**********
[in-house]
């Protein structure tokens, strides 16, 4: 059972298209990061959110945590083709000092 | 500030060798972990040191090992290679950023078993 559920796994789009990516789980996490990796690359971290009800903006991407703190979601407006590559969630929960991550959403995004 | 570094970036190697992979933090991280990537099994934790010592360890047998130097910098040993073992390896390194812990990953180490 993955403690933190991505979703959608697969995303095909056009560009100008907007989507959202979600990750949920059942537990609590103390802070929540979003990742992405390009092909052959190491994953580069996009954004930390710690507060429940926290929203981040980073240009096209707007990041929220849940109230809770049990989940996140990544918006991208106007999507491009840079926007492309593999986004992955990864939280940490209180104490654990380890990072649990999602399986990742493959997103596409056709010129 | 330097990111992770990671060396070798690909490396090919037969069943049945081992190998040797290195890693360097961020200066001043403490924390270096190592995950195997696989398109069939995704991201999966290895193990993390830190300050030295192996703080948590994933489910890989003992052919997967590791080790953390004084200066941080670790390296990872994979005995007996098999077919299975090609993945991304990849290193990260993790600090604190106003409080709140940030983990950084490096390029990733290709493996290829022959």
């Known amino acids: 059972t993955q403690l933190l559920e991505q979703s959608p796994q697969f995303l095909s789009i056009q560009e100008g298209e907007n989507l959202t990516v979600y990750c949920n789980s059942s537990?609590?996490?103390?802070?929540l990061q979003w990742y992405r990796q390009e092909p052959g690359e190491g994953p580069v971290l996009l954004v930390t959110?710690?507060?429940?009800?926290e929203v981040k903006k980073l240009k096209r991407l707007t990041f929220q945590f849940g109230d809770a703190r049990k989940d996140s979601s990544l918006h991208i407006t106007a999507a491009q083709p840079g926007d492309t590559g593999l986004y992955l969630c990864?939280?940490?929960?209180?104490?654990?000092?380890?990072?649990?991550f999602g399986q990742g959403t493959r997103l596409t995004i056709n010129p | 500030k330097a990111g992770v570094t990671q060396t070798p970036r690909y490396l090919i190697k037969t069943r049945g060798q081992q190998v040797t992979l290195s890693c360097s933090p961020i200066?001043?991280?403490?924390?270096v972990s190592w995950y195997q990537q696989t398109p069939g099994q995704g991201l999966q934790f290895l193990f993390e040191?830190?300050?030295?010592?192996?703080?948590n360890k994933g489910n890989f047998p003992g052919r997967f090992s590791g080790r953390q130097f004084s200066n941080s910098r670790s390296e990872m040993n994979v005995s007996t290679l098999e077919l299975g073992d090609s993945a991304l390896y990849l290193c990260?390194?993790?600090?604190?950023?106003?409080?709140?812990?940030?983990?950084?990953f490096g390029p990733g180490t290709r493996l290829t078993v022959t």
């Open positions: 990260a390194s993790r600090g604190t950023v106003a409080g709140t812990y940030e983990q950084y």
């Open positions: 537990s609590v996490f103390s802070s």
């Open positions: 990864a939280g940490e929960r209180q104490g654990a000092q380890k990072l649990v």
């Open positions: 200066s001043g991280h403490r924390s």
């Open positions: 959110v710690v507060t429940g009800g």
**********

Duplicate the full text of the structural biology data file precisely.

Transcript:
[in-house]
């Protein structure tokens, strides 16, 4: 059972298209990061959110945590083709000092 | 500030060798972990040191090992290679950023078993 559920796994789009990516789980996490990796690359971290009800903006991407703190979601407006590559969630929960991550959403995004 | 570094970036190697992979933090991280990537099994934790010592360890047998130097910098040993073992390896390194812990990953180490 993955403690933190991505979703959608697969995303095909056009560009100008907007989507959202979600990750949920059942537990609590103390802070929540979003990742992405390009092909052959190491994953580069996009954004930390710690507060429940926290929203981040980073240009096209707007990041929220849940109230809770049990989940996140990544918006991208106007999507491009840079926007492309593999986004992955990864939280940490209180104490654990380890990072649990999602399986990742493959997103596409056709010129 | 330097990111992770990671060396070798690909490396090919037969069943049945081992190998040797290195890693360097961020200066001043403490924390270096190592995950195997696989398109069939995704991201999966290895193990993390830190300050030295192996703080948590994933489910890989003992052919997967590791080790953390004084200066941080670790390296990872994979005995007996098999077919299975090609993945991304990849290193990260993790600090604190106003409080709140940030983990950084490096390029990733290709493996290829022959």
């Known amino acids: 059972t993955q403690l933190l559920e991505q979703s959608p796994q697969f995303l095909s789009i056009q560009e100008g298209e907007n989507l959202t990516v979600y990750c949920n789980s059942s537990?609590?996490?103390?802070?929540l990061q979003w990742y992405r990796q390009e092909p052959g690359e190491g994953p580069v971290l996009l954004v930390t959110?710690?507060?429940?009800?926290e929203v981040k903006k980073l240009k096209r991407l707007t990041f929220q945590f849940g109230d809770a703190r049990k989940d996140s979601s990544l918006h991208i407006t106007a999507a491009q083709p840079g926007d492309t590559g593999l986004y992955l969630c990864?939280?940490?929960?209180?104490?654990?000092?380890?990072?649990?991550f999602g399986q990742g959403t493959r997103l596409t995004i056709n010129p | 500030k330097a990111g992770v570094t990671q060396t070798p970036r690909y490396l090919i190697k037969t069943r049945g060798q081992q190998v040797t992979l290195s890693c360097s933090p961020i200066?001043?991280?403490?924390?270096v972990s190592w995950y195997q990537q696989t398109p069939g099994q995704g991201l999966q934790f290895l193990f993390e040191?830190?300050?030295?010592?192996?703080?948590n360890k994933g489910n890989f047998p003992g052919r997967f090992s590791g080790r953390q130097f004084s200066n941080s910098r670790s390296e990872m040993n994979v005995s007996t290679l098999e077919l299975g073992d090609s993945a991304l390896y990849l290193c990260?390194?993790?600090?604190?950023?106003?409080?709140?812990?940030?983990?950084?990953f490096g390029p990733g180490t290709r493996l290829t078993v022959t």
């Open positions: 990260a390194s993790r600090g604190t950023v106003a409080g709140t812990y940030e983990q950084y």
């Open positions: 537990s609590v996490f103390s802070s």
């Open positions: 990864a939280g940490e929960r209180q104490g654990a000092q380890k990072l649990v």
């Open positions: 200066s001043g991280h403490r924390s």
């Open positions: 959110v710690v507060t429940g009800g």